Posted in Culture [slideshow_deploy]

    3 Responses to Civil Debate Is on the Ballot Too

    1. Glen Turpening, Flor says:

      The public option creating competition is a lie outright. When Congress can arbitrarily increase funding to the health plan with the effect of lowering rates for the poor or any class of people, then companies cannot possibly compete.

      As Obama has stated in speeches that he has made at union meetings, his desire is for there to only be public healthcare with no corporations providing services. He also said it may take ten years, but people (socialists/marxists) like him would make it happen.

      It would get there by the following:


      A Cuckoo bird lays it's eggs in another species nest and is tended to like it's own by the unsuspecting mother. When the Cuckoo bird is hatched, it is so aggressive that it pushes out all the other eggs or hatchlings to garner all the food from the adopted mother.

      If Obamacare gets a foothold into our current healthcare environment, it will provide a mechanism to make all the other healthcare providers go bankrupt or leave the business by arbitrarily controlling the premiums with our tax dollars. The effect would naturally occur that employers would dump their employees onto the government plan to save money.

      If the public option is such a good idea for providing competition, then why doesn't Medicare and Medicaid allow for private companies to compete for the business that Medicare and Medicaid have all tied up? Of course, that is not the direction Obama wants to take the country. Obama wants huge government with the masses totally dependent on it.

      Stand in the gap conservatives!!!!

    2. Lurleen, Seattle says:

      This article was written with no sense of proportion. Gay people are routinely beaten and sometimes murdered simply for being gay. For Protect Marriage Washington to claim some kind of victimhood because they received some onerous emails is ridiculous. If a crime was committed against them, then arrest and punish the criminal. But withholding domestic partnerships from a group of people simply because a few from that group allegedly engaged in criminal behavior makes as much sense as preventing all heterosexuals from marrying because our prisons are loaded with heterosexuals.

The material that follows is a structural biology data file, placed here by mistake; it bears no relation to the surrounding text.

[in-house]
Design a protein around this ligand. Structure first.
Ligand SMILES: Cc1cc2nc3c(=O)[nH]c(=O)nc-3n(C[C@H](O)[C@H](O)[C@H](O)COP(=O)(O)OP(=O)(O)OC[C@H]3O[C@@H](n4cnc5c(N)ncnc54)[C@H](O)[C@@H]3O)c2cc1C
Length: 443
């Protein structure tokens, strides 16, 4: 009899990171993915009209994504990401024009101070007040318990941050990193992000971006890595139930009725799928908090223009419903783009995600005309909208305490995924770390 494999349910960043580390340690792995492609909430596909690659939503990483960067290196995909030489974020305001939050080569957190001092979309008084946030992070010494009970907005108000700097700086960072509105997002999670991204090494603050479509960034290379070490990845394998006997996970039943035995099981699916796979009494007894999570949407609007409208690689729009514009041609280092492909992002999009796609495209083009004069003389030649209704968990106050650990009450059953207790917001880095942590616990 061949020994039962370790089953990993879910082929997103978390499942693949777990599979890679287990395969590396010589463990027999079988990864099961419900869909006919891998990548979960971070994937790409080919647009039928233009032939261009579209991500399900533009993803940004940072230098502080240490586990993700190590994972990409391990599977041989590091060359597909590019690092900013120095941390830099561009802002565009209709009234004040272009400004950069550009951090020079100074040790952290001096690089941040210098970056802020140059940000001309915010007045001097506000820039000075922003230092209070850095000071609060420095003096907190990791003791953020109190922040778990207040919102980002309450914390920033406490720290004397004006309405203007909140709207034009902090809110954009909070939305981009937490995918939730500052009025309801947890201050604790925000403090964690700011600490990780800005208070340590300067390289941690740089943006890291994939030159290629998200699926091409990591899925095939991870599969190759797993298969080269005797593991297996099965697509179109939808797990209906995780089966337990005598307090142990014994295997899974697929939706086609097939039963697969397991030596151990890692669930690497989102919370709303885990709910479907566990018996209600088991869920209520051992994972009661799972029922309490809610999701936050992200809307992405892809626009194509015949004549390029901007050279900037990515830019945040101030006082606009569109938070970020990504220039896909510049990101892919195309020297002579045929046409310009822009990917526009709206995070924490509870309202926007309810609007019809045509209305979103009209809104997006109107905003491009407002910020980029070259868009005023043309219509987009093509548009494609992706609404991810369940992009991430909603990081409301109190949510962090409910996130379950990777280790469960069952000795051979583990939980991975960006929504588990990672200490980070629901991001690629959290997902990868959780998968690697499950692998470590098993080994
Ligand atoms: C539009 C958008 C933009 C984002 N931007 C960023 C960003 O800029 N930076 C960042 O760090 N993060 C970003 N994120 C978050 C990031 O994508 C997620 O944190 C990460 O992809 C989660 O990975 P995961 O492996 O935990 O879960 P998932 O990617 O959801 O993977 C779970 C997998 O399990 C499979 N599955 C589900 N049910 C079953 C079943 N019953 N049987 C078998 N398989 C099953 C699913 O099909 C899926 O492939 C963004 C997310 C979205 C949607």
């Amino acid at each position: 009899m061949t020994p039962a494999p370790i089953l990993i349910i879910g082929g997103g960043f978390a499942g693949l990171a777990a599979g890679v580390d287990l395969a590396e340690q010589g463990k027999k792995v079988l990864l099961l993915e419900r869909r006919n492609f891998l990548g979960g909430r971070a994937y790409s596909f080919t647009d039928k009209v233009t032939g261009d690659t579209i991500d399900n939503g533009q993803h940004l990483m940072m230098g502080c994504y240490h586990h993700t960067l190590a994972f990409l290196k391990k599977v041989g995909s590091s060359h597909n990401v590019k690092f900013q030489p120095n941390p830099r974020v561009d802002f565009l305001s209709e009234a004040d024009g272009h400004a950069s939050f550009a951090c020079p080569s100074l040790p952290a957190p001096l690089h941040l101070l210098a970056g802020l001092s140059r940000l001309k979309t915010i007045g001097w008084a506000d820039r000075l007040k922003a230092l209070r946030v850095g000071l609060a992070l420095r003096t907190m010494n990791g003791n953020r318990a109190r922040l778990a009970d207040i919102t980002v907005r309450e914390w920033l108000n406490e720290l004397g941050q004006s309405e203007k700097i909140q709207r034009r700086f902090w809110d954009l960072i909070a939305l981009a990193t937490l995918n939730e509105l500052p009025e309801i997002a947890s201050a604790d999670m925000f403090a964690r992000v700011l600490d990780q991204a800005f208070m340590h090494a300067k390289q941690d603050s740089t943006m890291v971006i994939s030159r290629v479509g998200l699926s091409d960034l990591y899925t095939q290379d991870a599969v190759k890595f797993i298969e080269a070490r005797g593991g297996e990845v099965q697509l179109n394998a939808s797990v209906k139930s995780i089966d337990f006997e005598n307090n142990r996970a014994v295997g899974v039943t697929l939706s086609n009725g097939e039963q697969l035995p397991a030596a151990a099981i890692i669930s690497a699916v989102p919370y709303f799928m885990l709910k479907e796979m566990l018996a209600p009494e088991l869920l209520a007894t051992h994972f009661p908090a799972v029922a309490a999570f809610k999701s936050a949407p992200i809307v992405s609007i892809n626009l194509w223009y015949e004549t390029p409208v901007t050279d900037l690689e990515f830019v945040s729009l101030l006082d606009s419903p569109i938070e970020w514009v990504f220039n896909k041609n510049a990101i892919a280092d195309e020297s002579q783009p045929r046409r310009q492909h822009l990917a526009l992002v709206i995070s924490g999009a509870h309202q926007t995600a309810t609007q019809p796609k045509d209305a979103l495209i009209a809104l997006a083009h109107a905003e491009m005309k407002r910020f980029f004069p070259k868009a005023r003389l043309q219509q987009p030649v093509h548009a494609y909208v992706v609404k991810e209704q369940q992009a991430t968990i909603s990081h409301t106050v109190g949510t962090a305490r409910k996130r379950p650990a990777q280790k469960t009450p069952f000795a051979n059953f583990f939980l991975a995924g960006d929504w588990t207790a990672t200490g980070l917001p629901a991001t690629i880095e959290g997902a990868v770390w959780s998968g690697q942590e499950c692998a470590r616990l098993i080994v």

Using the Supreme Court's vote to temporarily uphold the stay while they decide whether to take the case to imply that they agree that plaintiffs have been martyred displays a misunderstanding of how courts operate. Shame on you for misrepresenting the truth.

    3. Dave, Royal Oak, MI says:

      No one I know would support harming anyone for their political beliefs, I myself would encourage people to speak out for what they believe in. Having said this I find it highly unlikely that the reason they want the names published has anything to do with trying to persuade someone to believe as they do. The whole purpose is to intimidate them into "not doing" something, which in this case is participating in the debate. Any group that thinks that the way to advance their cause is to intimidate people who disagree with them are wrong. All this is meant to end debate not to advance anyone's safety be they gay or straight. If one wants to influence their neighbor threats and intimidation are not the proper course, persuasion and respect seems more appropriate.